The past 6 years have been good for Deer Run Mine. Not so much for citizens in the community. As such, the West Virginia Syndrome of coal production at any cost is well established in Montgomery County. Coal has been mined, processed, and transported out of Deer Run Mine for profit. At the same time, Montgomery County pays the price. Dust has continued to migrate off the mine site along with polluted water discharges to Central Park Creek. Subsidence has affected roads and farm fields. The first 140-acre impoundment is essentially full of coal slurry now and has visible leakage from the sides of the coarse coal walls. This 80 foot tall high-hazard dam threat will be in the community forever and will be joined very soon by an even larger blight with the help of the Department of Natural Resources.
A second high hazard dam impoundment that covers 318 acres and will be 60 feet high will be even closer to citizens and the hospital. The construction of this high hazard dam was proposed and approved with Permit 424. The NPDES permit for the second impoundment just recently was approved by the Illinois Environmental Protection Agency. What does this mean for residents? First, residents should realize that legislators and government agencies have been captivated with coal production. The defense of coal and its historical and future value are alive and repeated over and over. â€œClean coalâ€ summarizes the untrue myth that wants to establish all the damage from mining, combustion, coal ash and carbon dioxide production does not exist or can be corrected.
The major problem recognized from coal is its carbon dioxide production when burned and therefore a contributor to climate change. That does not begin to represent the reality of coal. Even climate change, unfortunately, is disputed by corporate interests and their lobby influenced legislators who financially gain from coal promotion. The production of carbon dioxide is just one of the many problems with coal use.
The total reality of coal must be recognized and dealt with. The toxicity of coal dust has been denied, covered up, and ignored. The reality is that Montgomery County residents breathe the air that contains particles from coal on a daily basis. Â Children and elderly are especially vulnerable. Tragically, inadequate procedures in permits approved by IDNR and IEPA do not prevent fugitive emissions from migrating beyond the mine perimeter, and there is no monitoring on and off the mine site to establish compliance.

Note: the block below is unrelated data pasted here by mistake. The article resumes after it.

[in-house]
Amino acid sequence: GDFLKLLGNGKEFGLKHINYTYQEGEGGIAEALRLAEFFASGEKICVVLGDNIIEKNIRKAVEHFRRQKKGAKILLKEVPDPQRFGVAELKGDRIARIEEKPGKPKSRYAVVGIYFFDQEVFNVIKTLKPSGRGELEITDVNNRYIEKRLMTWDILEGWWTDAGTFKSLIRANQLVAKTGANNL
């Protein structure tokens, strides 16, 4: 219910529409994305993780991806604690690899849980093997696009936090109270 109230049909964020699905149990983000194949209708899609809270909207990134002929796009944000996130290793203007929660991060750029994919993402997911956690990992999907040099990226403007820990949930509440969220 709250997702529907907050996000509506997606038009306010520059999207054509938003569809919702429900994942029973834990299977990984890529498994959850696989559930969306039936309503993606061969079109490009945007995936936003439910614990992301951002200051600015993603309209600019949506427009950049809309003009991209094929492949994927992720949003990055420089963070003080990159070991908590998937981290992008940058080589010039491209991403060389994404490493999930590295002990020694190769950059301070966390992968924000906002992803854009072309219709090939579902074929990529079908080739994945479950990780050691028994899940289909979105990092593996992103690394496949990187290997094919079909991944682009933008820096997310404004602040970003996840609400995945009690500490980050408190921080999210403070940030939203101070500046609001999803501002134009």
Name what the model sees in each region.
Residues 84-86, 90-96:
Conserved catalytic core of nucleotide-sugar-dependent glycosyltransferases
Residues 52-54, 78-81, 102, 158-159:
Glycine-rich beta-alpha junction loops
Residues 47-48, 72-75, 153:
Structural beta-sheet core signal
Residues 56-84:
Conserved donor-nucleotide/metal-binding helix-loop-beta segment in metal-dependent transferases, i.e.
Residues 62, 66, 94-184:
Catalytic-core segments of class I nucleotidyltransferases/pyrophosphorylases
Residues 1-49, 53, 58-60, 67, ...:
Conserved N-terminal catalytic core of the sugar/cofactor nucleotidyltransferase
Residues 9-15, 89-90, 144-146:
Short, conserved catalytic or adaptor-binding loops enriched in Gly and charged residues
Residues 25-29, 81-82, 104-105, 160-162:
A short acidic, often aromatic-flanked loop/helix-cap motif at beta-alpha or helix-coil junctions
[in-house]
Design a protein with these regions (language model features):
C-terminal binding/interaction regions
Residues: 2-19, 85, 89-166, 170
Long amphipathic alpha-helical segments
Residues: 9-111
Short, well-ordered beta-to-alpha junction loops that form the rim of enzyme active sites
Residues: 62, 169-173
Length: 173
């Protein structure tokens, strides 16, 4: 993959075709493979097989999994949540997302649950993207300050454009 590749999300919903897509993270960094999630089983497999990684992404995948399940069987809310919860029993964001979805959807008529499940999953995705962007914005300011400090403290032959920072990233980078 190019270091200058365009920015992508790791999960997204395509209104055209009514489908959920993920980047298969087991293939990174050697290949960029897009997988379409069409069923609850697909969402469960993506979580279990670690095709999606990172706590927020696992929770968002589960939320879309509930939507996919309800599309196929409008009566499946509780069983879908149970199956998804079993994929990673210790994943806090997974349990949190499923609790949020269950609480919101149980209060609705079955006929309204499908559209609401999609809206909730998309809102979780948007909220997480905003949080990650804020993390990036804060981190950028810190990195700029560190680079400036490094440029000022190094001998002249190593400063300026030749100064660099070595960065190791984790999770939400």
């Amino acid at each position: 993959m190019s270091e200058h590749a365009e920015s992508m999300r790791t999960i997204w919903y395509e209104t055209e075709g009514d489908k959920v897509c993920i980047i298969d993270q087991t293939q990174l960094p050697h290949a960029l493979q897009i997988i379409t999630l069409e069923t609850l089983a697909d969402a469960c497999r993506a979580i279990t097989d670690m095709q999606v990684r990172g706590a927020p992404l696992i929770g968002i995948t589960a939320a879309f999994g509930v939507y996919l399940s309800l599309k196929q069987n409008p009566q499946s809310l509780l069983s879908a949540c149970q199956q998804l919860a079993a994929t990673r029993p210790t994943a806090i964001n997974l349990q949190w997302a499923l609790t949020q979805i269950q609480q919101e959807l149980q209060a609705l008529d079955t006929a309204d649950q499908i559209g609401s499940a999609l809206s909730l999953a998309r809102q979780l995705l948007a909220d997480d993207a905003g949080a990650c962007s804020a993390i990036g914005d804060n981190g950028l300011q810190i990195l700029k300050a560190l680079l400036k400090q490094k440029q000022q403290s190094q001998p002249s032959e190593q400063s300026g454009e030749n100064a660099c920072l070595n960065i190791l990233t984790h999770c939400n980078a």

The Montgomery County Board and many residents in the county have reported to the IEPA and US EPA problems with coal dust in their homes and have requested air monitors to be placed in the community at the hospital and nursing home. Mr. Brad Frost in a letter of October 10, 2014 from the IEPA responded with the comment, â€œIn regard to monitors, they will not prevent fugitive emissions from the pile, nor will they quantify emissions for compliance or enforcement purposes.â€ That statement was very disconcerting. Indeed, what should be done to force compliance and enforcement if no monitoring is occuring?
Illinois officials when confronted with this health issue as well as other coal impacts consider the problem as â€œpolitical.â€ This term describes the inability for communities to have serious concerns addressed by the very officials who are responsible for enforcing statutory provisions. The reality is that coal mining laws in Illinois conform to the needs of coal operators, not to the needs of the community. This prerogative of laws by corporate manipulation of government has been dubbed by Iowa voters as â€œGoverning Under the Influence.â€ The grassroots group called American Friends Service Committee has a goal of returning the power of government back to the people. Kevin Rutledge, the AFSC Education Coordinator, stated, â€œOur government is under the influence from corporate power and money and not under the influence from the people.â€ (http://www.publicnewservice.org/2015-02-06/budget-policy-and-…)
In Illinois and other coal producing states, the practice of coal operators is to inundate the government officials with campaign cash and enormous lobbying clout. The power of the vote is no match to the power of money; the power of people has yet to be realized.